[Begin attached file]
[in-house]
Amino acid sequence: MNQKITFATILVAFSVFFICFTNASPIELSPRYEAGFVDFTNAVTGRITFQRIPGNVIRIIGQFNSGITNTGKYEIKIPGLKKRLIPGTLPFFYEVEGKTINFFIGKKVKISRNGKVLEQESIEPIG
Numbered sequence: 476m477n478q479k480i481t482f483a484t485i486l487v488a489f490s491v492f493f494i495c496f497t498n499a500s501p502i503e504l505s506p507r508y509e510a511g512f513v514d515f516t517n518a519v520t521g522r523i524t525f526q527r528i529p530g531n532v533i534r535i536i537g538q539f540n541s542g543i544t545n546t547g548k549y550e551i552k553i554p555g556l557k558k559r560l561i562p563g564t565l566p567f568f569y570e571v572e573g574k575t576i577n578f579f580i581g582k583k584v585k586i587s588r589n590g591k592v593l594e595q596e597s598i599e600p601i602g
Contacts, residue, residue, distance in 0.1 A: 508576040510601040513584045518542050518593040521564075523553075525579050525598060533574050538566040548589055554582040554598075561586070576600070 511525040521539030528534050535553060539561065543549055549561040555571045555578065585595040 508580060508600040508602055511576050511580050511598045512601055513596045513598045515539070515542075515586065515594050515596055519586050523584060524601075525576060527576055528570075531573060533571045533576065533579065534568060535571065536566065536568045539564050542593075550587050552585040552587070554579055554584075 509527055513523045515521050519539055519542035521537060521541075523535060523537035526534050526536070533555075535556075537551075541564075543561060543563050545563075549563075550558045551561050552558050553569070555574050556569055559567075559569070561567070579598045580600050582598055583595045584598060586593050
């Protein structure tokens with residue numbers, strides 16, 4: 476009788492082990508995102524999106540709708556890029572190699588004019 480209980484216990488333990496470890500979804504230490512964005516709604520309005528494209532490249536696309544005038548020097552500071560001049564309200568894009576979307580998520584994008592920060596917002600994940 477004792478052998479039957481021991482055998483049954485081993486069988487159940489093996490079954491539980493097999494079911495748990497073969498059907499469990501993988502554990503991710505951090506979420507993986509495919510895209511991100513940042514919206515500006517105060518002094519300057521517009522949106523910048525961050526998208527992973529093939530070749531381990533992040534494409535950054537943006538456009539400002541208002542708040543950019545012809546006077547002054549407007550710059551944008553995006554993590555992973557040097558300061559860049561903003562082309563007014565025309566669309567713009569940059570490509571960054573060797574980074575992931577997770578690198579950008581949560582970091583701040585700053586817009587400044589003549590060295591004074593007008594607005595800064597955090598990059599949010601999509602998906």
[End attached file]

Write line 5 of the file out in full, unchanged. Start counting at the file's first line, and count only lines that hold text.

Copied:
């Protein structure tokens with residue numbers, strides 16, 4: 476009788492082990508995102524999106540709708556890029572190699588004019 480209980484216990488333990496470890500979804504230490512964005516709604520309005528494209532490249536696309544005038548020097552500071560001049564309200568894009576979307580998520584994008592920060596917002600994940 477004792478052998479039957481021991482055998483049954485081993486069988487159940489093996490079954491539980493097999494079911495748990497073969498059907499469990501993988502554990503991710505951090506979420507993986509495919510895209511991100513940042514919206515500006517105060518002094519300057521517009522949106523910048525961050526998208527992973529093939530070749531381990533992040534494409535950054537943006538456009539400002541208002542708040543950019545012809546006077547002054549407007550710059551944008553995006554993590555992973557040097558300061559860049561903003562082309563007014565025309566669309567713009569940059570490509571960054573060797574980074575992931577997770578690198579950008581949560582970091583701040585700053586817009587400044589003549590060295591004074593007008594607005595800064597955090598990059599949010601999509602998906």